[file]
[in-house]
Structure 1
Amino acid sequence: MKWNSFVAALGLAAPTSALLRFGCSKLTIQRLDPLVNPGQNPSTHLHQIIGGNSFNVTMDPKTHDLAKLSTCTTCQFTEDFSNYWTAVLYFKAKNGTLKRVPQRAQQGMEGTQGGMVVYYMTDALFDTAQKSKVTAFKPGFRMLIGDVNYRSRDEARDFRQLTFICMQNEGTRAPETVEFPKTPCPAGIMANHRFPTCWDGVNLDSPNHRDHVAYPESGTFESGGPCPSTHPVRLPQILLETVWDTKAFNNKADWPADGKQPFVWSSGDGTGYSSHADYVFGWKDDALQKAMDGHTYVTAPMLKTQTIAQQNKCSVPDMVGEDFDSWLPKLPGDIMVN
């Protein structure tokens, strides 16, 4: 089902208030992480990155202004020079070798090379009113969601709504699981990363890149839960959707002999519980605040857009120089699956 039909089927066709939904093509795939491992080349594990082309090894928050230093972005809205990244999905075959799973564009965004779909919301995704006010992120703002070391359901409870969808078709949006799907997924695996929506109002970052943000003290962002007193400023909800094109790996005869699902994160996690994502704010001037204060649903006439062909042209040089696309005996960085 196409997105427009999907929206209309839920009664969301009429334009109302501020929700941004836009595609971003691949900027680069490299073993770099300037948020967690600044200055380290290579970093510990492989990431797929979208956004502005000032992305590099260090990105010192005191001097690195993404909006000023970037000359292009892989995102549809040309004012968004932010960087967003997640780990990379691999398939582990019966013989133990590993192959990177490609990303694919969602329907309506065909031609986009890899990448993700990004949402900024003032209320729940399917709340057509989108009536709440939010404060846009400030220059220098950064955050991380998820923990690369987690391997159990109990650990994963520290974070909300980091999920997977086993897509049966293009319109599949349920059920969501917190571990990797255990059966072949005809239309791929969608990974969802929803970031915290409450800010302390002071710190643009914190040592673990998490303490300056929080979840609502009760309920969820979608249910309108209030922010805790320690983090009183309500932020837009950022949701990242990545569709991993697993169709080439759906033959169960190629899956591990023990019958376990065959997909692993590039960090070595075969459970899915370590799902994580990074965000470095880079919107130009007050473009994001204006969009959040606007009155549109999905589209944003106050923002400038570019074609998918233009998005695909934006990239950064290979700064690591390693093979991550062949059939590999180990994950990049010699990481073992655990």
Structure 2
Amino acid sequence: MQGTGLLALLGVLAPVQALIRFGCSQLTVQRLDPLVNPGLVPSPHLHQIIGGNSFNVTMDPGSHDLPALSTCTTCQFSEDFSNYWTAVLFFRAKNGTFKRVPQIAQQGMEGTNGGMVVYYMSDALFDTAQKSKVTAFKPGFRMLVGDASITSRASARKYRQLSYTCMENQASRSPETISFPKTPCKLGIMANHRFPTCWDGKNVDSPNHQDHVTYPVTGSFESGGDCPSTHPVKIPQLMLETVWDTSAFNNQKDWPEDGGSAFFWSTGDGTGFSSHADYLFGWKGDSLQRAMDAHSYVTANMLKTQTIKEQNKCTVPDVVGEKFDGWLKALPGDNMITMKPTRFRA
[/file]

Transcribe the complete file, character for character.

[in-house]
Structure 1
Amino acid sequence: MKWNSFVAALGLAAPTSALLRFGCSKLTIQRLDPLVNPGQNPSTHLHQIIGGNSFNVTMDPKTHDLAKLSTCTTCQFTEDFSNYWTAVLYFKAKNGTLKRVPQRAQQGMEGTQGGMVVYYMTDALFDTAQKSKVTAFKPGFRMLIGDVNYRSRDEARDFRQLTFICMQNEGTRAPETVEFPKTPCPAGIMANHRFPTCWDGVNLDSPNHRDHVAYPESGTFESGGPCPSTHPVRLPQILLETVWDTKAFNNKADWPADGKQPFVWSSGDGTGYSSHADYVFGWKDDALQKAMDGHTYVTAPMLKTQTIAQQNKCSVPDMVGEDFDSWLPKLPGDIMVN
């Protein structure tokens, strides 16, 4: 089902208030992480990155202004020079070798090379009113969601709504699981990363890149839960959707002999519980605040857009120089699956 039909089927066709939904093509795939491992080349594990082309090894928050230093972005809205990244999905075959799973564009965004779909919301995704006010992120703002070391359901409870969808078709949006799907997924695996929506109002970052943000003290962002007193400023909800094109790996005869699902994160996690994502704010001037204060649903006439062909042209040089696309005996960085 196409997105427009999907929206209309839920009664969301009429334009109302501020929700941004836009595609971003691949900027680069490299073993770099300037948020967690600044200055380290290579970093510990492989990431797929979208956004502005000032992305590099260090990105010192005191001097690195993404909006000023970037000359292009892989995102549809040309004012968004932010960087967003997640780990990379691999398939582990019966013989133990590993192959990177490609990303694919969602329907309506065909031609986009890899990448993700990004949402900024003032209320729940399917709340057509989108009536709440939010404060846009400030220059220098950064955050991380998820923990690369987690391997159990109990650990994963520290974070909300980091999920997977086993897509049966293009319109599949349920059920969501917190571990990797255990059966072949005809239309791929969608990974969802929803970031915290409450800010302390002071710190643009914190040592673990998490303490300056929080979840609502009760309920969820979608249910309108209030922010805790320690983090009183309500932020837009950022949701990242990545569709991993697993169709080439759906033959169960190629899956591990023990019958376990065959997909692993590039960090070595075969459970899915370590799902994580990074965000470095880079919107130009007050473009994001204006969009959040606007009155549109999905589209944003106050923002400038570019074609998918233009998005695909934006990239950064290979700064690591390693093979991550062949059939590999180990994950990049010699990481073992655990």
Structure 2
Amino acid sequence: MQGTGLLALLGVLAPVQALIRFGCSQLTVQRLDPLVNPGLVPSPHLHQIIGGNSFNVTMDPGSHDLPALSTCTTCQFSEDFSNYWTAVLFFRAKNGTFKRVPQIAQQGMEGTNGGMVVYYMSDALFDTAQKSKVTAFKPGFRMLVGDASITSRASARKYRQLSYTCMENQASRSPETISFPKTPCKLGIMANHRFPTCWDGKNVDSPNHQDHVTYPVTGSFESGGDCPSTHPVKIPQLMLETVWDTSAFNNQKDWPEDGGSAFFWSTGDGTGFSSHADYLFGWKGDSLQRAMDAHSYVTANMLKTQTIKEQNKCTVPDVVGEKFDGWLKALPGDNMITMKPTRFRA